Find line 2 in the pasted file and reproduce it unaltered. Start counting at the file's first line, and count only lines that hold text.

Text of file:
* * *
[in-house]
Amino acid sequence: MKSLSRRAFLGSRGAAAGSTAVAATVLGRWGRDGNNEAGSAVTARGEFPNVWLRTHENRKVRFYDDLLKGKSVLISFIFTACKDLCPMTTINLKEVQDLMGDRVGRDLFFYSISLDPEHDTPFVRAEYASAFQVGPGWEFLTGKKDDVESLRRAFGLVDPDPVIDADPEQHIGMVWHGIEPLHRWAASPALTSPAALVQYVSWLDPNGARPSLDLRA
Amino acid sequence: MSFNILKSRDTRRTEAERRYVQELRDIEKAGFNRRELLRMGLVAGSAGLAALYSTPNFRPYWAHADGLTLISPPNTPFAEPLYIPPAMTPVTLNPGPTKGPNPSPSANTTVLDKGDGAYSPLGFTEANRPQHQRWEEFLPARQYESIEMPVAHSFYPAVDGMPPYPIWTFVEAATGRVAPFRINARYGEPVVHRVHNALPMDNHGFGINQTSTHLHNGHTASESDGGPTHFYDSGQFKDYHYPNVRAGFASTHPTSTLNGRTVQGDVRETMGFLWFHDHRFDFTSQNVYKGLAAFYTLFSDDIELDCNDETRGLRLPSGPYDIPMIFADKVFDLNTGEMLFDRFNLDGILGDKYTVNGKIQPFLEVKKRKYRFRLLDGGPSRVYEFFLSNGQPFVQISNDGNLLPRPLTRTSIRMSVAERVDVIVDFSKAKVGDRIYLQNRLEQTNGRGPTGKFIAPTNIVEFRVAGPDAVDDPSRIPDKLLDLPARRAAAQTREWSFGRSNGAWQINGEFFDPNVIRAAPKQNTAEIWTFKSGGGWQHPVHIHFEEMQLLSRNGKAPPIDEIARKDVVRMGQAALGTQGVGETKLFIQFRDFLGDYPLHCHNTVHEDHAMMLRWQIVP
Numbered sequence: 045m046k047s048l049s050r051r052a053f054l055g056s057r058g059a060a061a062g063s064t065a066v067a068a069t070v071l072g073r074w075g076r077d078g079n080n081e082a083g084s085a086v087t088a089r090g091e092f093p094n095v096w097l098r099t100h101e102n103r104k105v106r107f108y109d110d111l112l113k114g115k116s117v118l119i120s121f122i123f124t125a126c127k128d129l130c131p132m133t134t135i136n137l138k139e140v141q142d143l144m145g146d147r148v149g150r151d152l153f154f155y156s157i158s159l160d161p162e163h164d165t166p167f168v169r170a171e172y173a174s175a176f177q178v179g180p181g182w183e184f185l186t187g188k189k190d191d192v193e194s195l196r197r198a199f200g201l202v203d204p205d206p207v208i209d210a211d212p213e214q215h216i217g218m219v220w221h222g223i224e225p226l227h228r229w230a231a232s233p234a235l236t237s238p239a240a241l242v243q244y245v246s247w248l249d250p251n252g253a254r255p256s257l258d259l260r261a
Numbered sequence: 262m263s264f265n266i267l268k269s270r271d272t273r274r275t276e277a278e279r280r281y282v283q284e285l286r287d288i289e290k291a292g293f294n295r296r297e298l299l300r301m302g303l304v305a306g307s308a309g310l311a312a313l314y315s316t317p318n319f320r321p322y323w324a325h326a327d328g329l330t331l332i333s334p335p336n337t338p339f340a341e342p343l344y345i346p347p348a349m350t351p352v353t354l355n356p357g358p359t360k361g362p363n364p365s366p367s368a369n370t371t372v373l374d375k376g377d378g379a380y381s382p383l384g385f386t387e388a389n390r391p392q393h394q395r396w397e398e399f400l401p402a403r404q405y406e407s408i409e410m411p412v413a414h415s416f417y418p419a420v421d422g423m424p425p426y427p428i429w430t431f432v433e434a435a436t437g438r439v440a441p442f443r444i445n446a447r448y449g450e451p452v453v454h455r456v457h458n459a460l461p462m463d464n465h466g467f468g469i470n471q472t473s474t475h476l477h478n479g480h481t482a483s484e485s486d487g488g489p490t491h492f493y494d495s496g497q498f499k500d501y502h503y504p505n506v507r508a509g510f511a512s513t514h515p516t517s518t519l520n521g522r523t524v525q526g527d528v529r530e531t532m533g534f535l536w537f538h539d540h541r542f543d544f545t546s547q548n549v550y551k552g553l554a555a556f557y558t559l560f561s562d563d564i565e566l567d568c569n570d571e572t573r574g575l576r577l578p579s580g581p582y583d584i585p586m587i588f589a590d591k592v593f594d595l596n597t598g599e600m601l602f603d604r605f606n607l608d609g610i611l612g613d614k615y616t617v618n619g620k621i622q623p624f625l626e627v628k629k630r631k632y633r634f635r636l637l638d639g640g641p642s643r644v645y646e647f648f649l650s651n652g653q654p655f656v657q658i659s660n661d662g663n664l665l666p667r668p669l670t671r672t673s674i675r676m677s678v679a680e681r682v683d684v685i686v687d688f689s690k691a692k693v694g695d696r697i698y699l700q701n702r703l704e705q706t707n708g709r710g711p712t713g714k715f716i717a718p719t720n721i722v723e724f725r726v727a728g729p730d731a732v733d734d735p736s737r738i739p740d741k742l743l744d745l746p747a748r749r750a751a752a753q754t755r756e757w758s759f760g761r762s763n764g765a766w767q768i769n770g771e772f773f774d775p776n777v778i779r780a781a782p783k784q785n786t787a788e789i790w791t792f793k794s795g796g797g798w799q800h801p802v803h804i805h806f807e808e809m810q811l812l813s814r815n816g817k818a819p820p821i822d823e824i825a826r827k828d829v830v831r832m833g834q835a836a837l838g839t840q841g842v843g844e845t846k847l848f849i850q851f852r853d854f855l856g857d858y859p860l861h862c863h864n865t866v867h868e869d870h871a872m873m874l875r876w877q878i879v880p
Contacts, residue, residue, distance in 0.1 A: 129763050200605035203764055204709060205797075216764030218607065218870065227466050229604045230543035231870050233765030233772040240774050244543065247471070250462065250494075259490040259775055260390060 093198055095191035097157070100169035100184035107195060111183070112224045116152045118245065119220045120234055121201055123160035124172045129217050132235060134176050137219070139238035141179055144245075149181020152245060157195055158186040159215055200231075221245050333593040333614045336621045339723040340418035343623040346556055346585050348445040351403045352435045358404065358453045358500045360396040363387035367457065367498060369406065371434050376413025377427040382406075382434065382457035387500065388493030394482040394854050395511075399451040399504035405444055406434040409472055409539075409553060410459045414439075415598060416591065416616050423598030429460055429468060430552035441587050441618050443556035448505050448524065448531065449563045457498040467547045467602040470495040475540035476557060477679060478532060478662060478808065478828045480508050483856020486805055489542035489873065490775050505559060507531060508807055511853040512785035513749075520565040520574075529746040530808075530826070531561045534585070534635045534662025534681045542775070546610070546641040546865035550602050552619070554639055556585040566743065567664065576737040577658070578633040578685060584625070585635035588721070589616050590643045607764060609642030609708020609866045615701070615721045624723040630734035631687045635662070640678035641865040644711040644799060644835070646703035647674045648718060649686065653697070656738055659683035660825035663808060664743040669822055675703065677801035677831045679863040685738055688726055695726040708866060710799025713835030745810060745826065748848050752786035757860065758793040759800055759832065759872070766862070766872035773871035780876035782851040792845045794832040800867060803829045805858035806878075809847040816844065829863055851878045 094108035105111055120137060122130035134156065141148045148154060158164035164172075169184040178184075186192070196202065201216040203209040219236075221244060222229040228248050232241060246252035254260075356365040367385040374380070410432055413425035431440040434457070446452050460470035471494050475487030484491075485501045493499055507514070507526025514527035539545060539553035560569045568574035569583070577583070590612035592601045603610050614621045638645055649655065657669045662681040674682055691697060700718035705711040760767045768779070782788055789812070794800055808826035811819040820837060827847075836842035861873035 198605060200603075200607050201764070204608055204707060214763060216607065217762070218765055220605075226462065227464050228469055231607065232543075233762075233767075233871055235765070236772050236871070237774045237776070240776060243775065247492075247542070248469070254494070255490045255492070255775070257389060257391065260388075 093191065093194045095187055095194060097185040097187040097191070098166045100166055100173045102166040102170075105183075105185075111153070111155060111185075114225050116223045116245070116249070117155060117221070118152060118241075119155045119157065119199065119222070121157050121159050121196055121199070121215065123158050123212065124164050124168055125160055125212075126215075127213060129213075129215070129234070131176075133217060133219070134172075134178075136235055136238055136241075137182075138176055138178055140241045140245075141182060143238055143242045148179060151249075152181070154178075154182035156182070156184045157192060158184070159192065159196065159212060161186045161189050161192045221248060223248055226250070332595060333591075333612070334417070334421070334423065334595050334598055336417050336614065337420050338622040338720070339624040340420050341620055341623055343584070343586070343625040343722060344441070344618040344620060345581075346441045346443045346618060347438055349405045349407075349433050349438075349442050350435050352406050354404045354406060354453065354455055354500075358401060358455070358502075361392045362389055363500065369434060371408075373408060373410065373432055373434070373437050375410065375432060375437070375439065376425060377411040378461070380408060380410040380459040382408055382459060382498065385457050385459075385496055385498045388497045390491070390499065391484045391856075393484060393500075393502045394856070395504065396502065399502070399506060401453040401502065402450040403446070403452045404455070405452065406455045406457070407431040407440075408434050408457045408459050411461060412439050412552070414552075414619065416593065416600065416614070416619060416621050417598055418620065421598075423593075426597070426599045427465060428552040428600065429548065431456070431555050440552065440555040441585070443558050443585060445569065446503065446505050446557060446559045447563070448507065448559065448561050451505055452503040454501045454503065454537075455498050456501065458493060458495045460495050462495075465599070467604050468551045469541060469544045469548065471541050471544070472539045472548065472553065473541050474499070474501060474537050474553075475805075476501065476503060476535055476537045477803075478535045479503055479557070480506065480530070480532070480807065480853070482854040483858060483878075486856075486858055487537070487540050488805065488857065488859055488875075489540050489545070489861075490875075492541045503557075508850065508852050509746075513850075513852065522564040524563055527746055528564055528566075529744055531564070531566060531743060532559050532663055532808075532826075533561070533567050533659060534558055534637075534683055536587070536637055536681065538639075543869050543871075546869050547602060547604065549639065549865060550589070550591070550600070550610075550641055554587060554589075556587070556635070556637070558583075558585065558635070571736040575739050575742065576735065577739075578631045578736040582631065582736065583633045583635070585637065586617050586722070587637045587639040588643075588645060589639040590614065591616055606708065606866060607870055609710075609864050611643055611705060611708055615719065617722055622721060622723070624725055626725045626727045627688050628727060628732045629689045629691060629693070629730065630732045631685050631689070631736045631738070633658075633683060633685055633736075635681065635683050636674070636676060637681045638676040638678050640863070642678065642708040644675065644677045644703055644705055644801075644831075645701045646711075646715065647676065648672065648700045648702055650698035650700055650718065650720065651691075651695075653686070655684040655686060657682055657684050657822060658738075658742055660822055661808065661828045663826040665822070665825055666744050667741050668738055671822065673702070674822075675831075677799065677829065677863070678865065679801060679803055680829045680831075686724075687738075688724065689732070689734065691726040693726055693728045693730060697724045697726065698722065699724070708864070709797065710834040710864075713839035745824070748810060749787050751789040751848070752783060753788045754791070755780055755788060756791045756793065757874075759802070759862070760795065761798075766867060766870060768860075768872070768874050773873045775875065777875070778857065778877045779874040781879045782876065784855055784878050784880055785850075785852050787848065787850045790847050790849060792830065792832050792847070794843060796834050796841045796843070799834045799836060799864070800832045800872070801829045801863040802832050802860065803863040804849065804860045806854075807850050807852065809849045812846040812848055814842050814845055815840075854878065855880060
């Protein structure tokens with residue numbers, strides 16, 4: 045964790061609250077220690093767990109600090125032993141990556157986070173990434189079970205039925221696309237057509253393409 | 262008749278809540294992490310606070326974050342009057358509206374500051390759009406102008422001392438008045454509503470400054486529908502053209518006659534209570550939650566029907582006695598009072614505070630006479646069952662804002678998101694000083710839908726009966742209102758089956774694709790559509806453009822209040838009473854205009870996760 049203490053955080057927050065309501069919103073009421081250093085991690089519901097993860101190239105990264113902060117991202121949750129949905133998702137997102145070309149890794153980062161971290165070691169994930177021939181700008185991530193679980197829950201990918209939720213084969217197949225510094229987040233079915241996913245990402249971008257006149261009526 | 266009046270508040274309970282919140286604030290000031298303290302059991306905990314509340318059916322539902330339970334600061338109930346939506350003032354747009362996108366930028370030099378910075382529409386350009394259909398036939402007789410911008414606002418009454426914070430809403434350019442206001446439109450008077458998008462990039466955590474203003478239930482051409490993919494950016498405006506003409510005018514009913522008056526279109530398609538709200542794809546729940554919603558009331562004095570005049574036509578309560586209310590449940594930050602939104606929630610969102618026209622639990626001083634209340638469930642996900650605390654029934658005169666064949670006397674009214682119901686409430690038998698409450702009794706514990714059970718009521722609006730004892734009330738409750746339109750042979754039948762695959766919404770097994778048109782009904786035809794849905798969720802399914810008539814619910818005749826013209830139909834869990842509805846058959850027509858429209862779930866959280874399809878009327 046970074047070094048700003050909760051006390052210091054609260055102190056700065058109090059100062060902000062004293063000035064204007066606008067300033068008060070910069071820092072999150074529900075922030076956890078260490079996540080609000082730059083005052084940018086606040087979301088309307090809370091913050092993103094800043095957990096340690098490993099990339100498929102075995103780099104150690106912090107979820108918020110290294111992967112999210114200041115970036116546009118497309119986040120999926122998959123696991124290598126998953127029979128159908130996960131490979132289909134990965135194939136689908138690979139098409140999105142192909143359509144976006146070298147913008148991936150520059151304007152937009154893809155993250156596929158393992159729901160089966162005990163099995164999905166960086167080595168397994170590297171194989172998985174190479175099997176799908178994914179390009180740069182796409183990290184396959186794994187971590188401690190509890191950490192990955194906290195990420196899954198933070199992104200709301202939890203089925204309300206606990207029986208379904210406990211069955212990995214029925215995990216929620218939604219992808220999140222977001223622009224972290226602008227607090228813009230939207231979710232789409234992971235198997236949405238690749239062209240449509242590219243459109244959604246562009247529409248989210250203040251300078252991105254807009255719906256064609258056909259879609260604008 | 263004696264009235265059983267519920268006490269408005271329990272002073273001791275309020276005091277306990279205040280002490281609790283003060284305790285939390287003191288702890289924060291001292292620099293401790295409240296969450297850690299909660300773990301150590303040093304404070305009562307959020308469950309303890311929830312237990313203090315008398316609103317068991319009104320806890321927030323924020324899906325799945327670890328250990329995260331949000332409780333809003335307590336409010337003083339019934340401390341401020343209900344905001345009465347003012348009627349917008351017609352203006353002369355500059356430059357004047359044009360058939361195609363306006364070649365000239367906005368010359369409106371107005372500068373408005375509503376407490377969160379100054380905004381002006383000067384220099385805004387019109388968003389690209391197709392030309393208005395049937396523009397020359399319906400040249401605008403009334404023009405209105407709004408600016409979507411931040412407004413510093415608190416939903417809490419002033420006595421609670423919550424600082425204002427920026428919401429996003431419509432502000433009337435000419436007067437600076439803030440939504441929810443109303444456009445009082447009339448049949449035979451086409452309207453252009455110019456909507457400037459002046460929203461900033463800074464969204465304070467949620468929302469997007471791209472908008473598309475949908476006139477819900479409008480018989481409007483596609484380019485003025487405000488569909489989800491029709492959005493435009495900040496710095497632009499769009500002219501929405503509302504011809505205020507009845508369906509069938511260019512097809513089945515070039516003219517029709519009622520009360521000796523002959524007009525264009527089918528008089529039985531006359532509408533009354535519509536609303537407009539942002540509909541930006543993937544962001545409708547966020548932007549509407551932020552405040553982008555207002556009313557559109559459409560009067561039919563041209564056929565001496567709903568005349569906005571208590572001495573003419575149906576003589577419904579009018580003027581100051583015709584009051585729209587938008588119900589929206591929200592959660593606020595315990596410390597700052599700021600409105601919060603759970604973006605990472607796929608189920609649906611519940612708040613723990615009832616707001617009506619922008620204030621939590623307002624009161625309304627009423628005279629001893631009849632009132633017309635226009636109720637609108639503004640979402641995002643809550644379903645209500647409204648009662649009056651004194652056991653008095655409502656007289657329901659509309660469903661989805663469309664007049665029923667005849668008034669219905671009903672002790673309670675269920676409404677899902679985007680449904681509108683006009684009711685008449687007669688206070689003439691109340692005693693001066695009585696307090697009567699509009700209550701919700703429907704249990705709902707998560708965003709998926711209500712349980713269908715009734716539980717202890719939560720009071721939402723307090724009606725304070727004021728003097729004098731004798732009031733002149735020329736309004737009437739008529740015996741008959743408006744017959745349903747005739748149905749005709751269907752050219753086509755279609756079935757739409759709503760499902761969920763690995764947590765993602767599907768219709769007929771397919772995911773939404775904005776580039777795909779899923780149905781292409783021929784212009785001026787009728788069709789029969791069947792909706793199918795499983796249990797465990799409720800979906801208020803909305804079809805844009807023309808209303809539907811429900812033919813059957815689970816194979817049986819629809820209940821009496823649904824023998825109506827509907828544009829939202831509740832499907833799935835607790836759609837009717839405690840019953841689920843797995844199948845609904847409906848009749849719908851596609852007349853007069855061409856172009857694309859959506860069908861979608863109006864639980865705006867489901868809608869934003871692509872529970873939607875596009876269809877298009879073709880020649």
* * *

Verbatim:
Amino acid sequence: MKSLSRRAFLGSRGAAAGSTAVAATVLGRWGRDGNNEAGSAVTARGEFPNVWLRTHENRKVRFYDDLLKGKSVLISFIFTACKDLCPMTTINLKEVQDLMGDRVGRDLFFYSISLDPEHDTPFVRAEYASAFQVGPGWEFLTGKKDDVESLRRAFGLVDPDPVIDADPEQHIGMVWHGIEPLHRWAASPALTSPAALVQYVSWLDPNGARPSLDLRA